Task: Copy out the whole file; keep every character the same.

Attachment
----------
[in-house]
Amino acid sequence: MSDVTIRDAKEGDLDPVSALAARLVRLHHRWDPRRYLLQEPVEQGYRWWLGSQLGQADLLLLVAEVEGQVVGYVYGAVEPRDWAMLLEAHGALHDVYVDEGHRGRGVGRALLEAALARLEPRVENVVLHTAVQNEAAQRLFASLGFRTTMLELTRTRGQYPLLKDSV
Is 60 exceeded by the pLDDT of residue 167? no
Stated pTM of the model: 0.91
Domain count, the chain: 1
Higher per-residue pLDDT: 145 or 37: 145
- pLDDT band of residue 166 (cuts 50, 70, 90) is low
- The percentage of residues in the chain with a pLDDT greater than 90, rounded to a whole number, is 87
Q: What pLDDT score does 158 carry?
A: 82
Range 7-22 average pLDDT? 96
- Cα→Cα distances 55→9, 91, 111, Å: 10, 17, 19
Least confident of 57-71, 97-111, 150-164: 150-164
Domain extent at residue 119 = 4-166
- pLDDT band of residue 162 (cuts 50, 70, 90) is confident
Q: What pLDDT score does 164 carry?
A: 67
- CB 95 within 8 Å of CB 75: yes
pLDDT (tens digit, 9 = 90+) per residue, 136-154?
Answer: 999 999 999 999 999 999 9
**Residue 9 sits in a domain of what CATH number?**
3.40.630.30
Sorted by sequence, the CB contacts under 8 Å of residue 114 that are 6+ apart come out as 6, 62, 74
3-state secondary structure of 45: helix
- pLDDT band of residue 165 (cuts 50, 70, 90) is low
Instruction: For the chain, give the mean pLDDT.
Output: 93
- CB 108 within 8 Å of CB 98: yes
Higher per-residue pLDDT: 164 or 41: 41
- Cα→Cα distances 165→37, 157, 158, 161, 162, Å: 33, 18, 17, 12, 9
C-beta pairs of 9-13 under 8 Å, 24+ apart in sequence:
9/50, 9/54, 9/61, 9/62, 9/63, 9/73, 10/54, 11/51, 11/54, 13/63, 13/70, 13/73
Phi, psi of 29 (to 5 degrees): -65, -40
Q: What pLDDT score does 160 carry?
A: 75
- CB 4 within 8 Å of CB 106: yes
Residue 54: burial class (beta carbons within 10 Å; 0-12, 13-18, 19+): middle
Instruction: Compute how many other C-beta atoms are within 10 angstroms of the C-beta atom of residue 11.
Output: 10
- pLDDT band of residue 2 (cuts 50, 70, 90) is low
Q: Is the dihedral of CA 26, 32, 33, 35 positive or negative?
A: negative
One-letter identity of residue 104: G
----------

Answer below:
[in-house]
Amino acid sequence: MSDVTIRDAKEGDLDPVSALAARLVRLHHRWDPRRYLLQEPVEQGYRWWLGSQLGQADLLLLVAEVEGQVVGYVYGAVEPRDWAMLLEAHGALHDVYVDEGHRGRGVGRALLEAALARLEPRVENVVLHTAVQNEAAQRLFASLGFRTTMLELTRTRGQYPLLKDSV
Is 60 exceeded by the pLDDT of residue 167? no
Stated pTM of the model: 0.91
Domain count, the chain: 1
Higher per-residue pLDDT: 145 or 37: 145
- pLDDT band of residue 166 (cuts 50, 70, 90) is low
- The percentage of residues in the chain with a pLDDT greater than 90, rounded to a whole number, is 87
Q: What pLDDT score does 158 carry?
A: 82
Range 7-22 average pLDDT? 96
- Cα→Cα distances 55→9, 91, 111, Å: 10, 17, 19
Least confident of 57-71, 97-111, 150-164: 150-164
Domain extent at residue 119 = 4-166
- pLDDT band of residue 162 (cuts 50, 70, 90) is confident
Q: What pLDDT score does 164 carry?
A: 67
- CB 95 within 8 Å of CB 75: yes
pLDDT (tens digit, 9 = 90+) per residue, 136-154?
Answer: 999 999 999 999 999 999 9
**Residue 9 sits in a domain of what CATH number?**
3.40.630.30
Sorted by sequence, the CB contacts under 8 Å of residue 114 that are 6+ apart come out as 6, 62, 74
3-state secondary structure of 45: helix
- pLDDT band of residue 165 (cuts 50, 70, 90) is low
Instruction: For the chain, give the mean pLDDT.
Output: 93
- CB 108 within 8 Å of CB 98: yes
Higher per-residue pLDDT: 164 or 41: 41
- Cα→Cα distances 165→37, 157, 158, 161, 162, Å: 33, 18, 17, 12, 9
C-beta pairs of 9-13 under 8 Å, 24+ apart in sequence:
9/50, 9/54, 9/61, 9/62, 9/63, 9/73, 10/54, 11/51, 11/54, 13/63, 13/70, 13/73
Phi, psi of 29 (to 5 degrees): -65, -40
Q: What pLDDT score does 160 carry?
A: 75
- CB 4 within 8 Å of CB 106: yes
Residue 54: burial class (beta carbons within 10 Å; 0-12, 13-18, 19+): middle
Instruction: Compute how many other C-beta atoms are within 10 angstroms of the C-beta atom of residue 11.
Output: 10
- pLDDT band of residue 2 (cuts 50, 70, 90) is low
Q: Is the dihedral of CA 26, 32, 33, 35 positive or negative?
A: negative
One-letter identity of residue 104: G